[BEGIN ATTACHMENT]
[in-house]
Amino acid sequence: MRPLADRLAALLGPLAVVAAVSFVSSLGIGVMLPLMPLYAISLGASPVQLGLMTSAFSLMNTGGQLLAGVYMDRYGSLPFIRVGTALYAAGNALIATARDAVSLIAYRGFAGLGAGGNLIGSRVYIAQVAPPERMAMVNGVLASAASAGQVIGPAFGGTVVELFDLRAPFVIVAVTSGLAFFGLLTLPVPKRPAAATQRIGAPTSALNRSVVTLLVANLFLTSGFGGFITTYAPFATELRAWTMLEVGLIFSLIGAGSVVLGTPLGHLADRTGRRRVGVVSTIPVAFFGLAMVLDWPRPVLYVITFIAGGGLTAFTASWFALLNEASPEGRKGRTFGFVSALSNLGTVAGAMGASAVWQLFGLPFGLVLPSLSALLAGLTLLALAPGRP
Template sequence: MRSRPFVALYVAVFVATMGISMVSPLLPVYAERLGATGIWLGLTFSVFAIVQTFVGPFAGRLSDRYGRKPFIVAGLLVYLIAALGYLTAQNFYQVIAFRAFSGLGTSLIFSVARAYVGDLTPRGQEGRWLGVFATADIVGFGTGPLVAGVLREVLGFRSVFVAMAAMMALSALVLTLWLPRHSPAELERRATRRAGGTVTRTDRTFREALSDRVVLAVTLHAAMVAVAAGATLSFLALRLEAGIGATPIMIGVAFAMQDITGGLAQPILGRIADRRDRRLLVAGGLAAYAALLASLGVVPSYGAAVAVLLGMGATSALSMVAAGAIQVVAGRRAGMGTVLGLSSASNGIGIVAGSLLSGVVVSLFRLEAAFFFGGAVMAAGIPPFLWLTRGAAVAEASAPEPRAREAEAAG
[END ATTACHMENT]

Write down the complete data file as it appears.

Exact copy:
[in-house]
Amino acid sequence: MRPLADRLAALLGPLAVVAAVSFVSSLGIGVMLPLMPLYAISLGASPVQLGLMTSAFSLMNTGGQLLAGVYMDRYGSLPFIRVGTALYAAGNALIATARDAVSLIAYRGFAGLGAGGNLIGSRVYIAQVAPPERMAMVNGVLASAASAGQVIGPAFGGTVVELFDLRAPFVIVAVTSGLAFFGLLTLPVPKRPAAATQRIGAPTSALNRSVVTLLVANLFLTSGFGGFITTYAPFATELRAWTMLEVGLIFSLIGAGSVVLGTPLGHLADRTGRRRVGVVSTIPVAFFGLAMVLDWPRPVLYVITFIAGGGLTAFTASWFALLNEASPEGRKGRTFGFVSALSNLGTVAGAMGASAVWQLFGLPFGLVLPSLSALLAGLTLLALAPGRP
Template sequence: MRSRPFVALYVAVFVATMGISMVSPLLPVYAERLGATGIWLGLTFSVFAIVQTFVGPFAGRLSDRYGRKPFIVAGLLVYLIAALGYLTAQNFYQVIAFRAFSGLGTSLIFSVARAYVGDLTPRGQEGRWLGVFATADIVGFGTGPLVAGVLREVLGFRSVFVAMAAMMALSALVLTLWLPRHSPAELERRATRRAGGTVTRTDRTFREALSDRVVLAVTLHAAMVAVAAGATLSFLALRLEAGIGATPIMIGVAFAMQDITGGLAQPILGRIADRRDRRLLVAGGLAAYAALLASLGVVPSYGAAVAVLLGMGATSALSMVAAGAIQVVAGRRAGMGTVLGLSSASNGIGIVAGSLLSGVVVSLFRLEAAFFFGGAVMAAGIPPFLWLTRGAAVAEASAPEPRAREAEAAG